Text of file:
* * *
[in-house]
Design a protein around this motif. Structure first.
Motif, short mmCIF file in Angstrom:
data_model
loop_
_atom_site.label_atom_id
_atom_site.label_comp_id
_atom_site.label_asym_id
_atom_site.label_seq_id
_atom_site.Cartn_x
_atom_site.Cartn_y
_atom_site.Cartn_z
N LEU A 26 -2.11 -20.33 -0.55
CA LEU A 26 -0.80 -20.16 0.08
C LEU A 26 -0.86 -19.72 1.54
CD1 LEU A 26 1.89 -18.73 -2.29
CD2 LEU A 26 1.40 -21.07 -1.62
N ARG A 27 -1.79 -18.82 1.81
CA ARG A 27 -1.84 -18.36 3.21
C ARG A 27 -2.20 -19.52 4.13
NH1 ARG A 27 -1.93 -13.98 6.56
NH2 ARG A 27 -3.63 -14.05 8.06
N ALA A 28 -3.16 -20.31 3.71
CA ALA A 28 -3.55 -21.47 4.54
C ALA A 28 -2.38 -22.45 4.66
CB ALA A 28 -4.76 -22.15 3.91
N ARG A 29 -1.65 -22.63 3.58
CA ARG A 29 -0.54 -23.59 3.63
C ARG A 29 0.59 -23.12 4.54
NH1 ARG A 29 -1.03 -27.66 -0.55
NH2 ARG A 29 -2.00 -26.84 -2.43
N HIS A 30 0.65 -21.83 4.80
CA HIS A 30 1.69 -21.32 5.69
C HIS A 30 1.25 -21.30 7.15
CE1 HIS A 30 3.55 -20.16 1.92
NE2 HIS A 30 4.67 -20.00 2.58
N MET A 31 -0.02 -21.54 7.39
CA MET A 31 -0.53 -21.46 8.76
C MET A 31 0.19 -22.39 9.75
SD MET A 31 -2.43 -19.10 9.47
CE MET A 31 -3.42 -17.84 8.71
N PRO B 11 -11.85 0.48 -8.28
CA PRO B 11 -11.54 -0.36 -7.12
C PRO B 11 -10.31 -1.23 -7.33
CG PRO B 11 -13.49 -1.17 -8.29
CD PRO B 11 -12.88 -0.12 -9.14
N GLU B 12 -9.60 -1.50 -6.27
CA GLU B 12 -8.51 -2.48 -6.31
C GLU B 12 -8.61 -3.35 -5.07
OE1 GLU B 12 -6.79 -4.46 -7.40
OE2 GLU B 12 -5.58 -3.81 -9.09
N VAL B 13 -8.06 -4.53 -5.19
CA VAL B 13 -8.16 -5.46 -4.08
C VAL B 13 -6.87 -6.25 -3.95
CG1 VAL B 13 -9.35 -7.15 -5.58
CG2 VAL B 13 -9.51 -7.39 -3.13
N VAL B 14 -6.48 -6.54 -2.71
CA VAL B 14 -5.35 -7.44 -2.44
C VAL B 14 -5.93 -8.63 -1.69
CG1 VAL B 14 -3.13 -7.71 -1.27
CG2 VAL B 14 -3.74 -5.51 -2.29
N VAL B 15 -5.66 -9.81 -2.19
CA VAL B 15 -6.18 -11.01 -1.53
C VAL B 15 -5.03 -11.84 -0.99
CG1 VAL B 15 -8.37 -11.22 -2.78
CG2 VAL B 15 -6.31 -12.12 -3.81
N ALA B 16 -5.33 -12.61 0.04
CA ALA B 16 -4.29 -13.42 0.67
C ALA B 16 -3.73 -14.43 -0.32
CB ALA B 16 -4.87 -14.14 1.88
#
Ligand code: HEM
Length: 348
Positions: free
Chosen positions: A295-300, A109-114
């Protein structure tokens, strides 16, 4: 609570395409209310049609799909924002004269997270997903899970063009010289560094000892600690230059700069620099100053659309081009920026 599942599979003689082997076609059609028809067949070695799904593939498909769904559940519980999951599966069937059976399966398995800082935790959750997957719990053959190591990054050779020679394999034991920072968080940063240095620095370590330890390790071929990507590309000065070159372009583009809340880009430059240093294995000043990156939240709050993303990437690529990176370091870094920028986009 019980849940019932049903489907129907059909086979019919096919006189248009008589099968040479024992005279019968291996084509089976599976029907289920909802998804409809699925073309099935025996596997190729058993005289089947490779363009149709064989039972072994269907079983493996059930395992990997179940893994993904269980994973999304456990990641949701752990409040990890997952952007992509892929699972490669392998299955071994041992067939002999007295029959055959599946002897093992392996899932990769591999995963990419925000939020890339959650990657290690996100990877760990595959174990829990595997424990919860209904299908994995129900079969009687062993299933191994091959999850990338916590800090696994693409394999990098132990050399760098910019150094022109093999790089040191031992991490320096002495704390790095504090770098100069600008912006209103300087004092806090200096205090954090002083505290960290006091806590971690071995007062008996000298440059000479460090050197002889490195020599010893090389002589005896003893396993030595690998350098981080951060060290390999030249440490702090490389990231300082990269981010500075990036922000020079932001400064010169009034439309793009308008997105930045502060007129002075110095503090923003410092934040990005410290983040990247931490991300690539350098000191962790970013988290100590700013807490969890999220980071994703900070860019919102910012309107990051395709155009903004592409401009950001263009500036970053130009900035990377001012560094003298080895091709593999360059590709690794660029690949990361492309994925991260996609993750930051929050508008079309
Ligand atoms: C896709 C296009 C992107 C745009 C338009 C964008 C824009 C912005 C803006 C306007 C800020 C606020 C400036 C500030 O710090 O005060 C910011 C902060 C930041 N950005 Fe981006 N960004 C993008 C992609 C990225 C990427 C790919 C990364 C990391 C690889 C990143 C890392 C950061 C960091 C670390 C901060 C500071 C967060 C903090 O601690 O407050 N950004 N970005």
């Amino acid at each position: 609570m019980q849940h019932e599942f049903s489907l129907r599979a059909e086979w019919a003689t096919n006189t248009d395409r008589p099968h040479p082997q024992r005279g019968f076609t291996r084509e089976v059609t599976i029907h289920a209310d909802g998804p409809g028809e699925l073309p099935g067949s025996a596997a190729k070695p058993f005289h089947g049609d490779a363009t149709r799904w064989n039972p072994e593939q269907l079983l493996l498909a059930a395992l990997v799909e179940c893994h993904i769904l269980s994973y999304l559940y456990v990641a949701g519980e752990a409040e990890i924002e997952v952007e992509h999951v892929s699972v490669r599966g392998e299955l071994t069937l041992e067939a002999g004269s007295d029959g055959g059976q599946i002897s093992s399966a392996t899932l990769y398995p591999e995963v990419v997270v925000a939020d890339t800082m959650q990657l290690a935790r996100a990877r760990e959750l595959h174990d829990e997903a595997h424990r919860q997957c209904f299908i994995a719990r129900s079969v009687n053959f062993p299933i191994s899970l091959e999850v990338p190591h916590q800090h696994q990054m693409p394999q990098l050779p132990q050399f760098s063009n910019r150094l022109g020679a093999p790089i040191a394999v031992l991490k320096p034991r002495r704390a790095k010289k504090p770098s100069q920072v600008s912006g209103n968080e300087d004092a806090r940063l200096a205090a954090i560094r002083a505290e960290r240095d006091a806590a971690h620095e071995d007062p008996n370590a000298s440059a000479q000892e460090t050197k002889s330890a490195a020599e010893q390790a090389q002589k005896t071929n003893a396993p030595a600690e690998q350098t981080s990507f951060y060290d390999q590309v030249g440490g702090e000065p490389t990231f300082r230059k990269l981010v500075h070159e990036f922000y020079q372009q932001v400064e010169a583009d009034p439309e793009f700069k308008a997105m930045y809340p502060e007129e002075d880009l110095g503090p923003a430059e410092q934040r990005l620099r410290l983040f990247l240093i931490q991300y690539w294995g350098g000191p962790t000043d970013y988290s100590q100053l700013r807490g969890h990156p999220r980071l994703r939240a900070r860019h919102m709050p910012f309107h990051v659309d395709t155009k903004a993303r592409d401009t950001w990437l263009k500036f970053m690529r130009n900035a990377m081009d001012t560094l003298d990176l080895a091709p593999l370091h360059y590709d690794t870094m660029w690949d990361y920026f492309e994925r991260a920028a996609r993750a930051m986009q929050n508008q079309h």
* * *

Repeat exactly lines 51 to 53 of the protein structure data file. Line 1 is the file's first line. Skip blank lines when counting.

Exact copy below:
OE2 GLU B 12 -5.58 -3.81 -9.09
N VAL B 13 -8.06 -4.53 -5.19
CA VAL B 13 -8.16 -5.46 -4.08